Once a person is hired, they need to be assigned work. If tasks are rated at the level they require, they can be matched to people at the required level. Tracking a person’s task levels can be beneficial as well. Giving someone tasks lower than they’re capable of will erode morale over time (and is a waste of resources), but someone who never gets lower level tasks could probably use a break. By the same token, giving people the occasional higher-level task gives them growth opportunities but too many can cause undue stress. If employees largely self-select tasks, a drop in level can be a warning sign of wider problems.

Of course, such applications are not new. Bloom’s taxonomy, by its very inclusion in an IT project management exam, is clearly not newly applied. It’s just interesting to me that a taxonomy developed for education some 60 years ago could fit technology staffing so well. If it’s new to me, then it’s probably new to someone else, too.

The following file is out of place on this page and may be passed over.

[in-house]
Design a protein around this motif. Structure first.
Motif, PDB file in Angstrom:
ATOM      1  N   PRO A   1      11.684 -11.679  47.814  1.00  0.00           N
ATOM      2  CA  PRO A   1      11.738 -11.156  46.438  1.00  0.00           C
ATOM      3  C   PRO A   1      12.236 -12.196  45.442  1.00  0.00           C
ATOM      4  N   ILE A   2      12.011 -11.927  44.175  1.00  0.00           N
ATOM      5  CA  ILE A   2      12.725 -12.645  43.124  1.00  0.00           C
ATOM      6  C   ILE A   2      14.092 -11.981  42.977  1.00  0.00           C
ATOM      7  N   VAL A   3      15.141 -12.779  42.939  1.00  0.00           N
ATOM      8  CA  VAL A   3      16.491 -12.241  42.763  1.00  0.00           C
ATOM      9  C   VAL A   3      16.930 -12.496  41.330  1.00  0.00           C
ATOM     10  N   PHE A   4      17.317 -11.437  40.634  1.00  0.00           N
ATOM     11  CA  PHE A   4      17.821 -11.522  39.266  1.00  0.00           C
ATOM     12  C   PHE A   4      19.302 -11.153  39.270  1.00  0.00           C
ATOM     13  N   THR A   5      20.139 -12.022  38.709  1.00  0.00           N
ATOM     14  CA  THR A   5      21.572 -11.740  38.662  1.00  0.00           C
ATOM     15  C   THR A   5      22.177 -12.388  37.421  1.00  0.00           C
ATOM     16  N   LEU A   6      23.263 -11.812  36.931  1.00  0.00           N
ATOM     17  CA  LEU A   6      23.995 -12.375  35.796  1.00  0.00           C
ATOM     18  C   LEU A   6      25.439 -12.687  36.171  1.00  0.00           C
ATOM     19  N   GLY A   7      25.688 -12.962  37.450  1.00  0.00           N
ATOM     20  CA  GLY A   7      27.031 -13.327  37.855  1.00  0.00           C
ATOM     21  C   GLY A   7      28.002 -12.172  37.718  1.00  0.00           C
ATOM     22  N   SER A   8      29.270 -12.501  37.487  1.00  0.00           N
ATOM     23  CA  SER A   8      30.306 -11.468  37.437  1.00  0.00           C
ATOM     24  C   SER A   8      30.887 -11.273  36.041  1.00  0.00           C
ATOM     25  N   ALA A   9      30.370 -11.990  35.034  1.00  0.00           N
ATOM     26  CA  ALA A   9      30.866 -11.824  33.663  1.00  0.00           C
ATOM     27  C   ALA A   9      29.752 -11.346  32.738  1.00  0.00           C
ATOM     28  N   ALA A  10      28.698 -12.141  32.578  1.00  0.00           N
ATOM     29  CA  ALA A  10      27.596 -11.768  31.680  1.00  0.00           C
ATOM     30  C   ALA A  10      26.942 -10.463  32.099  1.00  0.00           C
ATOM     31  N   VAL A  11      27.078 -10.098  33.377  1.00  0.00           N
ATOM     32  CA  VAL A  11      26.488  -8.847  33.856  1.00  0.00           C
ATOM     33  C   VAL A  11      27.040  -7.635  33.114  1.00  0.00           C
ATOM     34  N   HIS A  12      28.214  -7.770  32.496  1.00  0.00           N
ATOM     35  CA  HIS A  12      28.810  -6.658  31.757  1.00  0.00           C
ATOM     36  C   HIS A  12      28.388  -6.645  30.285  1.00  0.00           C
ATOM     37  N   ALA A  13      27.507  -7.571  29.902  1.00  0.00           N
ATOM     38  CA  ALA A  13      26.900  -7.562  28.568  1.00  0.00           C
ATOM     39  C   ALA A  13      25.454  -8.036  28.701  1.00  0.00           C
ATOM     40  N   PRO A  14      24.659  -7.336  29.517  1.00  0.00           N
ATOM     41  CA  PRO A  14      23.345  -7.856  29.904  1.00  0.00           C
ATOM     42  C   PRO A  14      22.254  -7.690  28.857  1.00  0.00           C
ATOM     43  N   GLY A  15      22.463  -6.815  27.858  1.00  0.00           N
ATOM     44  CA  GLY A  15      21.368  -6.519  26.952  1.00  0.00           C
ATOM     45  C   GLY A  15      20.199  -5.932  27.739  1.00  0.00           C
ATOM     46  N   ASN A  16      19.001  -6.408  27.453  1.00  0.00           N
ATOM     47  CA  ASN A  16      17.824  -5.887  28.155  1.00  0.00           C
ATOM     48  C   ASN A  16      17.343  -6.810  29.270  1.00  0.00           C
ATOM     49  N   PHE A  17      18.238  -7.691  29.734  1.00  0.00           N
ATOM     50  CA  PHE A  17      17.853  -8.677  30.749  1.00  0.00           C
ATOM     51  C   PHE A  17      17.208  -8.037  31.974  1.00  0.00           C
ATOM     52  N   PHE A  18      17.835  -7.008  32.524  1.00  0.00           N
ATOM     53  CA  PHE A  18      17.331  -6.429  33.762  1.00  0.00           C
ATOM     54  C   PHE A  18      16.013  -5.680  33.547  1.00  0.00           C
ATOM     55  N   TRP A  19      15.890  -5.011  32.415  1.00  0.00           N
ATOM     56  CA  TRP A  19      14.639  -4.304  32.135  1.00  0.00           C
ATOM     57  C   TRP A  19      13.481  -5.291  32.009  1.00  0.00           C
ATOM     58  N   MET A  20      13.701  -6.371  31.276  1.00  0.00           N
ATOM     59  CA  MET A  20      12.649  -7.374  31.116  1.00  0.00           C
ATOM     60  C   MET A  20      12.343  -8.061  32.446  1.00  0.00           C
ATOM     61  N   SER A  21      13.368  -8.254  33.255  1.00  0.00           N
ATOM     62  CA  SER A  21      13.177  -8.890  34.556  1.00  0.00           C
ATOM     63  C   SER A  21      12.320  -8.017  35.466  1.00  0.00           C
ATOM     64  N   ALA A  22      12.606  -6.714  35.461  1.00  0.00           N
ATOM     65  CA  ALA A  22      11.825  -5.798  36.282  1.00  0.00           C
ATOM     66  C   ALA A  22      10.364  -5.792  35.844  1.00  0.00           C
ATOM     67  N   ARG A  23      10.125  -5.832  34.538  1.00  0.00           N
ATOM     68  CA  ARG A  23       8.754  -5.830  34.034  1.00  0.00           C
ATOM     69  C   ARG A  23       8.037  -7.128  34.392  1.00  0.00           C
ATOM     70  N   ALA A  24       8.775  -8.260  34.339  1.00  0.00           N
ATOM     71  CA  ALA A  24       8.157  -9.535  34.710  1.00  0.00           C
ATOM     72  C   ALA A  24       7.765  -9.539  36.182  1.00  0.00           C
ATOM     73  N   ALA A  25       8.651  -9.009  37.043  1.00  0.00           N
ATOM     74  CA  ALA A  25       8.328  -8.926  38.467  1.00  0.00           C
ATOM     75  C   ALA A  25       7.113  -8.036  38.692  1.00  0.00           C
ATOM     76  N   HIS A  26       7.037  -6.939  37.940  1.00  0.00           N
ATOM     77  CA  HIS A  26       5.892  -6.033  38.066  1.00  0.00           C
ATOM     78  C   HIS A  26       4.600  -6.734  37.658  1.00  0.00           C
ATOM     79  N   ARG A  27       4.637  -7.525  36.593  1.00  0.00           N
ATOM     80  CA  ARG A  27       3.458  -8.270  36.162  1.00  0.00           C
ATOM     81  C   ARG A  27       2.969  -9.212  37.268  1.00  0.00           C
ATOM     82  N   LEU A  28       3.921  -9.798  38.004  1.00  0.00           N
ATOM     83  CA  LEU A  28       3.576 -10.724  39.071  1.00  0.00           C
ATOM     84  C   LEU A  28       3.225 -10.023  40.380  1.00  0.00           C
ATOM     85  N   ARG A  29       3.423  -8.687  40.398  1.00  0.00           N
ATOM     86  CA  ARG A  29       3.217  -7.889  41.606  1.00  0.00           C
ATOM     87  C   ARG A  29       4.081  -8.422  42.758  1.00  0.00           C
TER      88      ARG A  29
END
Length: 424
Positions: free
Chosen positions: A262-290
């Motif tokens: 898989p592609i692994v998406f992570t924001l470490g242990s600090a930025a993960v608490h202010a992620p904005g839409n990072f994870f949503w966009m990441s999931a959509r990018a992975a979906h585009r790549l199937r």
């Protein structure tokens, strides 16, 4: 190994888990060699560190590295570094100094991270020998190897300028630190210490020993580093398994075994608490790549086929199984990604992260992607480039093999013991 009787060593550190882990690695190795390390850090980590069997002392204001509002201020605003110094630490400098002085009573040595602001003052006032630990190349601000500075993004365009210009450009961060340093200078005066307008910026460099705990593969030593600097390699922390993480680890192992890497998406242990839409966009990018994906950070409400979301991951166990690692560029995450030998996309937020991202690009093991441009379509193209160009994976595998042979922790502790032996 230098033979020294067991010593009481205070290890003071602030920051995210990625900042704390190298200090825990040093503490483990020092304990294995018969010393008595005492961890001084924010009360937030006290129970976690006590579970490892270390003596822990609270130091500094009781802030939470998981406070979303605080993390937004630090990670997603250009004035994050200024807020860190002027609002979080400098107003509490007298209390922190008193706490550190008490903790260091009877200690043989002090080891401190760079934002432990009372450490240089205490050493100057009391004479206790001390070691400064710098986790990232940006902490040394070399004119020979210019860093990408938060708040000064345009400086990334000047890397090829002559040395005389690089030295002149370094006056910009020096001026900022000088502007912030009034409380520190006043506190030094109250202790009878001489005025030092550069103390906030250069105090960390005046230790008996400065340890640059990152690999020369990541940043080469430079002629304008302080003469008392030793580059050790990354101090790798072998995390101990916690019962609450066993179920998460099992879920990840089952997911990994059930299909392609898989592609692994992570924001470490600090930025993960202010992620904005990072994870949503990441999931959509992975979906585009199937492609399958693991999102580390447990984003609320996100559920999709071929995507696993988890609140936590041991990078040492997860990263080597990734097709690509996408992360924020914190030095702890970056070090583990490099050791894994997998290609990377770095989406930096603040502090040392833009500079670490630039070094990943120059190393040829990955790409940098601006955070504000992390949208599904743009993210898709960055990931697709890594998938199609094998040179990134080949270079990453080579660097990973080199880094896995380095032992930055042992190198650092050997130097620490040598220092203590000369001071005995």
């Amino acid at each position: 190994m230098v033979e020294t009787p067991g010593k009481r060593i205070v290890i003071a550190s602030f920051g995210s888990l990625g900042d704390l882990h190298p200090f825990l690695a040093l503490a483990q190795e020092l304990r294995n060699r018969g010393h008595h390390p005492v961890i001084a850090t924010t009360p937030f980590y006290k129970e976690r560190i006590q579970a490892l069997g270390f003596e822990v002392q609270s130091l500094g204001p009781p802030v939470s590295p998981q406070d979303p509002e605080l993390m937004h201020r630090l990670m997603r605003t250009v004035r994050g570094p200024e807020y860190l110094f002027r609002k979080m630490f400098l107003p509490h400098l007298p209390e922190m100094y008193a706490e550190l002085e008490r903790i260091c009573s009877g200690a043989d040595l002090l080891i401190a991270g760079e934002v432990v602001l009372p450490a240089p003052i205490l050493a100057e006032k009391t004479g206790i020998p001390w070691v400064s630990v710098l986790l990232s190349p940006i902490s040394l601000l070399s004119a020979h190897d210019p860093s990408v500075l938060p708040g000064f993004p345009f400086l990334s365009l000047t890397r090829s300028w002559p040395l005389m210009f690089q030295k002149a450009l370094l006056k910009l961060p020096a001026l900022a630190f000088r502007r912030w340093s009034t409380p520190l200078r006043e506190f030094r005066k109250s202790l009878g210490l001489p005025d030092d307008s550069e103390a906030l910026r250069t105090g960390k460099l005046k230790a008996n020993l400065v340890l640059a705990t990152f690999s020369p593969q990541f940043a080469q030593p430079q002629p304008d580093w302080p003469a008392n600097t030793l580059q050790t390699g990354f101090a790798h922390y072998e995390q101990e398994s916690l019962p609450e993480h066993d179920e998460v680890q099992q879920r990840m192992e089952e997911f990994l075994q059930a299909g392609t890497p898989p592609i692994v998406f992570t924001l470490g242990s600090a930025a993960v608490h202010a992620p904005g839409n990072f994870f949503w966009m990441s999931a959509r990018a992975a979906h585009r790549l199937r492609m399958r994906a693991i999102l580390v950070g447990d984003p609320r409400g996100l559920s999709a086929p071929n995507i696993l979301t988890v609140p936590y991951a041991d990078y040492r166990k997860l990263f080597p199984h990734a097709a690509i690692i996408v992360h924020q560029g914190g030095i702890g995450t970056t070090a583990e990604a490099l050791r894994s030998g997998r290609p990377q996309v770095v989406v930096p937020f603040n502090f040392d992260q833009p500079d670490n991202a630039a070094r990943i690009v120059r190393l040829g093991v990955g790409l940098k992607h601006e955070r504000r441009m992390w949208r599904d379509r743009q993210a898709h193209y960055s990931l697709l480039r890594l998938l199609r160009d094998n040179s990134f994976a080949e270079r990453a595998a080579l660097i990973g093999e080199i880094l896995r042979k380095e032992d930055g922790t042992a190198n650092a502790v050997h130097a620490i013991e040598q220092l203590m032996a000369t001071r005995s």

January 9, 2014

Feeling stupid at work

Filed under: Musings — Tags: , , — bcotton @ 6:09 pm

This post is inspired in large part by my friend Ed Finkler’s Open Sourcing Mental Illness campaign.

In my new job, I’m faced with a lot of deep, technical challenges. Sometimes they’re of a nature I haven’t seen before. When they come quickly, it gets pretty easy to feel down. When I’m physically sick, it gets even worse. And it compounds. There are days that I feel downright stupid and completely unqualified for my job.

Then there are days when I solve a problem well, master a new skill, or otherwise validate my professional existence. Those days feel pretty awesome. I like having those days.